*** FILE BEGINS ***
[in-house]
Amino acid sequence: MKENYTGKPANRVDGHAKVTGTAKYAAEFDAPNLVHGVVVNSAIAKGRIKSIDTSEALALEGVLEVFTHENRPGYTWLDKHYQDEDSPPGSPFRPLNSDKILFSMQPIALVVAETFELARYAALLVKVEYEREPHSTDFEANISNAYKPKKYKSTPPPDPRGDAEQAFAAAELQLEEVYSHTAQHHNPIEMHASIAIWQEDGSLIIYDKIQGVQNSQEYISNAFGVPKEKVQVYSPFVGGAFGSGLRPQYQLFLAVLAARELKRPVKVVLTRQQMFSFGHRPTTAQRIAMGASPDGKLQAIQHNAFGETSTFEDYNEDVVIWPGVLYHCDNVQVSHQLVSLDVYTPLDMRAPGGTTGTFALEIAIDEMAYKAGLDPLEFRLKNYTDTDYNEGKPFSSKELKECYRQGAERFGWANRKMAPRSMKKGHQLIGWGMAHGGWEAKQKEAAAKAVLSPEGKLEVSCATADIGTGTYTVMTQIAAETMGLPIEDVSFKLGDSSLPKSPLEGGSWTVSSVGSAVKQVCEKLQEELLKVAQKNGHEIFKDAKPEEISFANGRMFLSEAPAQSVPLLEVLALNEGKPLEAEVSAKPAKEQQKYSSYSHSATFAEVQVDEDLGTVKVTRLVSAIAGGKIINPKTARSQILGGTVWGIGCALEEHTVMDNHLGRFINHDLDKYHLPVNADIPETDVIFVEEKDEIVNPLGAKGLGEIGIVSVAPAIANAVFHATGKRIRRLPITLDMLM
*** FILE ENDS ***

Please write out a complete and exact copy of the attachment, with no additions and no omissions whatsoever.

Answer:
[in-house]
Amino acid sequence: MKENYTGKPANRVDGHAKVTGTAKYAAEFDAPNLVHGVVVNSAIAKGRIKSIDTSEALALEGVLEVFTHENRPGYTWLDKHYQDEDSPPGSPFRPLNSDKILFSMQPIALVVAETFELARYAALLVKVEYEREPHSTDFEANISNAYKPKKYKSTPPPDPRGDAEQAFAAAELQLEEVYSHTAQHHNPIEMHASIAIWQEDGSLIIYDKIQGVQNSQEYISNAFGVPKEKVQVYSPFVGGAFGSGLRPQYQLFLAVLAARELKRPVKVVLTRQQMFSFGHRPTTAQRIAMGASPDGKLQAIQHNAFGETSTFEDYNEDVVIWPGVLYHCDNVQVSHQLVSLDVYTPLDMRAPGGTTGTFALEIAIDEMAYKAGLDPLEFRLKNYTDTDYNEGKPFSSKELKECYRQGAERFGWANRKMAPRSMKKGHQLIGWGMAHGGWEAKQKEAAAKAVLSPEGKLEVSCATADIGTGTYTVMTQIAAETMGLPIEDVSFKLGDSSLPKSPLEGGSWTVSSVGSAVKQVCEKLQEELLKVAQKNGHEIFKDAKPEEISFANGRMFLSEAPAQSVPLLEVLALNEGKPLEAEVSAKPAKEQQKYSSYSHSATFAEVQVDEDLGTVKVTRLVSAIAGGKIINPKTARSQILGGTVWGIGCALEEHTVMDNHLGRFINHDLDKYHLPVNADIPETDVIFVEEKDEIVNPLGAKGLGEIGIVSVAPAIANAVFHATGKRIRRLPITLDMLM